28th Mar 2017




Just because you filed for bankruptcy, it does not mean that you will never be able to purchase a home in the future.  Many people worry about ever being able to qualify for a house once they filed Chapter 7 or Chapter 13.  It is still quite possible to obtain the home of your dreams, even with a bankruptcy on your credit report.


In the past, lenders often required you to wait until a bankruptcy was removed from your credit report before they would lend any money for a mortgage.  A Chapter 7 bankruptcy stays on your credit report for 10 years while a Chapter 13 bankruptcy stays on there for 7 years.  This waiting period to obtain a mortgage loan has been greatly reduced over the past several years.  The average waiting period is 2 years, but it may be possible to obtain the loan even faster in certain circumstances.


There are four basic types of mortgage loans available from which to choose in buying a house.  I will discuss each type briefly here along with the bankruptcy qualification.


Federal Housing Authority (FHA) Loan.  This type of loan is often beneficial to home buyers with little cash up-front.  It allows first-time buyers to put down as little as 3.5 percent of the purchase price.  The credit score requirements for this loan are also less restrictive than other types of loans.  In an FHA loan, you may be able to qualify with a score of around 640, or even 580 if you can afford the higher interest rate.  The general waiting time to apply for an FHA loan after Chapter 7 is 2 years from the date of your discharge.  If you open any credit accounts since the bankruptcy, you’ll need to show that you have made your payments on-time, but you can avoid using credit altogether and still qualify.  


There is a possibility of lowering the waiting period from 24 months to 12 months if you can show that the need to file bankruptcy was due to no fault of your own.  It is an exception to the 2 year rule of applying for the FHA loan.  


In a Chapter 13 bankruptcy, you are in a 3 to 5 year payment plan through a court-appointed Chapter 13 trustee.  In order to qualify for an FHA loan in the case of a Chapter 13, you need to show that you have paid 12 months of plan payments to the trustee and you must file a motion with the court for the judge to approve the new loan, which is fairly standard and easy to do.


United States Department of Agriculture (USDA) Loan.  The USDA loan is made for those who purchase a home in a rural community.  It offers a low-interest rates and an option for no down payment.  You may qualify for this type of loan 3 years after a Chapter 7 discharge, but again, if you can show that the bankruptcy was through no fault of your own, you may fit into the 12 month exception to the rule.  In a Chapter 13, you can apply for the USDA loan after you have completed 12 months of payments into the plan, or possibly even sooner if you can show exceptional circumstances.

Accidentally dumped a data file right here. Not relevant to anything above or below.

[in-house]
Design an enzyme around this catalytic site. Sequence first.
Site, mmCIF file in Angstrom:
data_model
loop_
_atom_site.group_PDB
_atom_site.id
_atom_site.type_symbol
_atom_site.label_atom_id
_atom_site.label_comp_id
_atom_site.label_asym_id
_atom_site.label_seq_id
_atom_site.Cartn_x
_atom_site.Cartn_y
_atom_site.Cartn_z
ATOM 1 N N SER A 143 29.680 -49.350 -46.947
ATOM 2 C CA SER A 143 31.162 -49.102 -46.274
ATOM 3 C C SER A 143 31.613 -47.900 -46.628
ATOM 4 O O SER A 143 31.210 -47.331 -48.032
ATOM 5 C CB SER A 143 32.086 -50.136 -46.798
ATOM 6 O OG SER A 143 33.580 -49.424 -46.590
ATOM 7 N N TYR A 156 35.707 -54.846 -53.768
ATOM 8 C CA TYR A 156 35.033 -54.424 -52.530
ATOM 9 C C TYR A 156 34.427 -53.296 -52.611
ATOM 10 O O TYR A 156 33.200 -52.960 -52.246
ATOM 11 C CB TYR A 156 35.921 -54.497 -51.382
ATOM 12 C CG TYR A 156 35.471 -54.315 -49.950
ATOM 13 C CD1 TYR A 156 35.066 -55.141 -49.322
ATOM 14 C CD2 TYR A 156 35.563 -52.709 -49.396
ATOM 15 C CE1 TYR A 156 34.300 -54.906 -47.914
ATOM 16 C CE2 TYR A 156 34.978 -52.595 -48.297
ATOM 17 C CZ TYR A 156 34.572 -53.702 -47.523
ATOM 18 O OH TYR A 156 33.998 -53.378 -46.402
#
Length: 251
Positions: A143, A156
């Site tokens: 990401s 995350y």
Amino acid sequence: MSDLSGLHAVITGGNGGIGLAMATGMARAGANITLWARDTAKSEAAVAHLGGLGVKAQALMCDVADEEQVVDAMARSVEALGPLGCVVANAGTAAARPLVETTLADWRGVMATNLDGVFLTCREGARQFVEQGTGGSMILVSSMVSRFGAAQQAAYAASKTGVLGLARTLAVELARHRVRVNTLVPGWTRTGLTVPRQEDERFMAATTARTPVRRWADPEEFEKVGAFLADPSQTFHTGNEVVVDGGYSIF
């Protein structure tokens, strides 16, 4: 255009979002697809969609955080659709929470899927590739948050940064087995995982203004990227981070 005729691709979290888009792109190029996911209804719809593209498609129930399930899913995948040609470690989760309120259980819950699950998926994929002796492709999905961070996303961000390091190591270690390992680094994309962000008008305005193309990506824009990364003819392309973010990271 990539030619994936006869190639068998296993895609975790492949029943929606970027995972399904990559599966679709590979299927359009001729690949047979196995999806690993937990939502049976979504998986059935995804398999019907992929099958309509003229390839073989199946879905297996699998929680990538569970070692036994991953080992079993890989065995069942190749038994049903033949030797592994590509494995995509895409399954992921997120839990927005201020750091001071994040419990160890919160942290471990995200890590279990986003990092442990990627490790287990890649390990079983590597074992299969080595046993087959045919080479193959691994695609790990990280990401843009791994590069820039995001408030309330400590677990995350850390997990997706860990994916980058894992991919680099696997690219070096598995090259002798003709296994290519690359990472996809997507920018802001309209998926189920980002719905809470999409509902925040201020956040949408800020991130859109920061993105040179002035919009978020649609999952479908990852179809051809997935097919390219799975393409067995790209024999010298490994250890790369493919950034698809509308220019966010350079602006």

Veteran’s Affairs (VA) Loan.  This loan is available for veterans and offers some great benefits.  For example, you can purchase a home with no down payment, no minimum credit score and unlimited use of the loan program.  You can apply for a VA loan after 2 years of clean credit after the discharge in bankruptcy.  You do need to know that some lenders of VA loans do require a minimum credit score of 620 or higher, but not all of them do so.


Conventional Loan.  A conventional loan is not insured by the federal government.  This type of loan is protected by private mortgage insurance (PMI) and you will be required to pay PMI each month as part of your mortgage payment until you have at least 20 percent equity in the property.  Interest rates and credit score requirements tend to be slightly higher for a conventional loan. A conventional loan is less restrictive than other types of loans, however, in that you can have a higher debt-to-income ratio and they are more lenient with student loan debt.


In a Chapter 7 situation, you will need to wait 2 years after the discharge if the bankruptcy was beyond your control or 48 months if it was due to financial mismanagement.  In a Chapter 13, you’ll need to wait for 24 months after receiving your discharge or 48 months if the case was dismissed by the court.  If you filed more than 1 bankruptcy within the past 7 years, you’ll often have to wait 5 years before applying for a conventional loan.


If you want to discuss this topic further, please contact me at 281-847-4345 or rkemsley@kemsleylaw.com so we can discuss your individual situation and see if Chapter 7 or Chapter 13 would work for you and how it would affect the purchase of your dream home after bankruptcy.  The consultation is free and we will review your situation, determine whether you qualify to file and answer your questions.  Don’t put off your dreams and goals of becoming debt free.  Take the first step by calling me today.  I look forward to hearing from you soon.

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